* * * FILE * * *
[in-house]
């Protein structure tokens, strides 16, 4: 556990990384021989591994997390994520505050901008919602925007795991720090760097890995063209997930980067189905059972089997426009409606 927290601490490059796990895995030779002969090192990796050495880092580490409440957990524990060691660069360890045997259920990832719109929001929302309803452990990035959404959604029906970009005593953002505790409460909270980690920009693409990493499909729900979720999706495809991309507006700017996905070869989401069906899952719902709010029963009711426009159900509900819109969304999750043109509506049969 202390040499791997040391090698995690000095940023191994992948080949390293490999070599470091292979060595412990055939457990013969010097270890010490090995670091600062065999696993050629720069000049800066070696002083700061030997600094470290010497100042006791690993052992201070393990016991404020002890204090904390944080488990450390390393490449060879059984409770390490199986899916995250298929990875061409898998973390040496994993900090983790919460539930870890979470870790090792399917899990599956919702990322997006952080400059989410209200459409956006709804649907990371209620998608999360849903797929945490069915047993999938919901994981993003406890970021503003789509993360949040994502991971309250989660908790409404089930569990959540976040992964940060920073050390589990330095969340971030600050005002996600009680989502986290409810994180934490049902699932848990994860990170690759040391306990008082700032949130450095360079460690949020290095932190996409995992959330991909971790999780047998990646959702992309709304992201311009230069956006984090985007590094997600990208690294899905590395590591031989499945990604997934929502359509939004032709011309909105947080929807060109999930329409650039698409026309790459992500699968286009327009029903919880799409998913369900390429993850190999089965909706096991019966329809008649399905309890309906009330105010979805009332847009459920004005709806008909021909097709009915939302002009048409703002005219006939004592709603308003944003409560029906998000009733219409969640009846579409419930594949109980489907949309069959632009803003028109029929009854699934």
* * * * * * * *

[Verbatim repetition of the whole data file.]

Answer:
[in-house]
């Protein structure tokens, strides 16, 4: 556990990384021989591994997390994520505050901008919602925007795991720090760097890995063209997930980067189905059972089997426009409606 927290601490490059796990895995030779002969090192990796050495880092580490409440957990524990060691660069360890045997259920990832719109929001929302309803452990990035959404959604029906970009005593953002505790409460909270980690920009693409990493499909729900979720999706495809991309507006700017996905070869989401069906899952719902709010029963009711426009159900509900819109969304999750043109509506049969 202390040499791997040391090698995690000095940023191994992948080949390293490999070599470091292979060595412990055939457990013969010097270890010490090995670091600062065999696993050629720069000049800066070696002083700061030997600094470290010497100042006791690993052992201070393990016991404020002890204090904390944080488990450390390393490449060879059984409770390490199986899916995250298929990875061409898998973390040496994993900090983790919460539930870890979470870790090792399917899990599956919702990322997006952080400059989410209200459409956006709804649907990371209620998608999360849903797929945490069915047993999938919901994981993003406890970021503003789509993360949040994502991971309250989660908790409404089930569990959540976040992964940060920073050390589990330095969340971030600050005002996600009680989502986290409810994180934490049902699932848990994860990170690759040391306990008082700032949130450095360079460690949020290095932190996409995992959330991909971790999780047998990646959702992309709304992201311009230069956006984090985007590094997600990208690294899905590395590591031989499945990604997934929502359509939004032709011309909105947080929807060109999930329409650039698409026309790459992500699968286009327009029903919880799409998913369900390429993850190999089965909706096991019966329809008649399905309890309906009330105010979805009332847009459920004005709806008909021909097709009915939302002009048409703002005219006939004592709603308003944003409560029906998000009733219409969640009846579409419930594949109980489907949309069959632009803003028109029929009854699934």